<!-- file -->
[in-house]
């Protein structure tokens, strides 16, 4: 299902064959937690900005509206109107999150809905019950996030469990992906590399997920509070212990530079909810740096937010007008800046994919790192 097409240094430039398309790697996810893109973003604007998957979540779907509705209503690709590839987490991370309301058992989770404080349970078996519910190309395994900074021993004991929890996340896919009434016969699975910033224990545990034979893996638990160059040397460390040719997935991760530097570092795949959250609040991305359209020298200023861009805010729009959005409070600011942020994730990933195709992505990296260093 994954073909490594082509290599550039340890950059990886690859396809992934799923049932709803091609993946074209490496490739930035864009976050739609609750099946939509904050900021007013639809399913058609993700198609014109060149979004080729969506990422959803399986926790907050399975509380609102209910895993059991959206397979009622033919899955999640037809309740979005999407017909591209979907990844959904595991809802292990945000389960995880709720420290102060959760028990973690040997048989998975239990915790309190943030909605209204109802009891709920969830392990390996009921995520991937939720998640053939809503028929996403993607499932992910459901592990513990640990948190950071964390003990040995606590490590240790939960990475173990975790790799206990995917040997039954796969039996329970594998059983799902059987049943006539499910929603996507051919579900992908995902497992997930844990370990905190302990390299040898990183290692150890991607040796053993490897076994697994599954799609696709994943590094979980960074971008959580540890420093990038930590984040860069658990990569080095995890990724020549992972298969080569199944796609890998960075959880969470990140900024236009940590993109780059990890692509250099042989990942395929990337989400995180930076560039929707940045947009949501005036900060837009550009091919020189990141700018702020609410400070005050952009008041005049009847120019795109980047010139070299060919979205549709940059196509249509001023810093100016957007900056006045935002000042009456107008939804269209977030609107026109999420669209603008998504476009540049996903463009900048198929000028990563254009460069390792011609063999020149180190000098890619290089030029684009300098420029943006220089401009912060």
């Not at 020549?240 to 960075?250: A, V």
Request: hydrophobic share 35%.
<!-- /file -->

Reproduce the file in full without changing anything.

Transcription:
[in-house]
């Protein structure tokens, strides 16, 4: 299902064959937690900005509206109107999150809905019950996030469990992906590399997920509070212990530079909810740096937010007008800046994919790192 097409240094430039398309790697996810893109973003604007998957979540779907509705209503690709590839987490991370309301058992989770404080349970078996519910190309395994900074021993004991929890996340896919009434016969699975910033224990545990034979893996638990160059040397460390040719997935991760530097570092795949959250609040991305359209020298200023861009805010729009959005409070600011942020994730990933195709992505990296260093 994954073909490594082509290599550039340890950059990886690859396809992934799923049932709803091609993946074209490496490739930035864009976050739609609750099946939509904050900021007013639809399913058609993700198609014109060149979004080729969506990422959803399986926790907050399975509380609102209910895993059991959206397979009622033919899955999640037809309740979005999407017909591209979907990844959904595991809802292990945000389960995880709720420290102060959760028990973690040997048989998975239990915790309190943030909605209204109802009891709920969830392990390996009921995520991937939720998640053939809503028929996403993607499932992910459901592990513990640990948190950071964390003990040995606590490590240790939960990475173990975790790799206990995917040997039954796969039996329970594998059983799902059987049943006539499910929603996507051919579900992908995902497992997930844990370990905190302990390299040898990183290692150890991607040796053993490897076994697994599954799609696709994943590094979980960074971008959580540890420093990038930590984040860069658990990569080095995890990724020549992972298969080569199944796609890998960075959880969470990140900024236009940590993109780059990890692509250099042989990942395929990337989400995180930076560039929707940045947009949501005036900060837009550009091919020189990141700018702020609410400070005050952009008041005049009847120019795109980047010139070299060919979205549709940059196509249509001023810093100016957007900056006045935002000042009456107008939804269209977030609107026109999420669209603008998504476009540049996903463009900048198929000028990563254009460069390792011609063999020149180190000098890619290089030029684009300098420029943006220089401009912060």
């Not at 020549?240 to 960075?250: A, V």
Request: hydrophobic share 35%.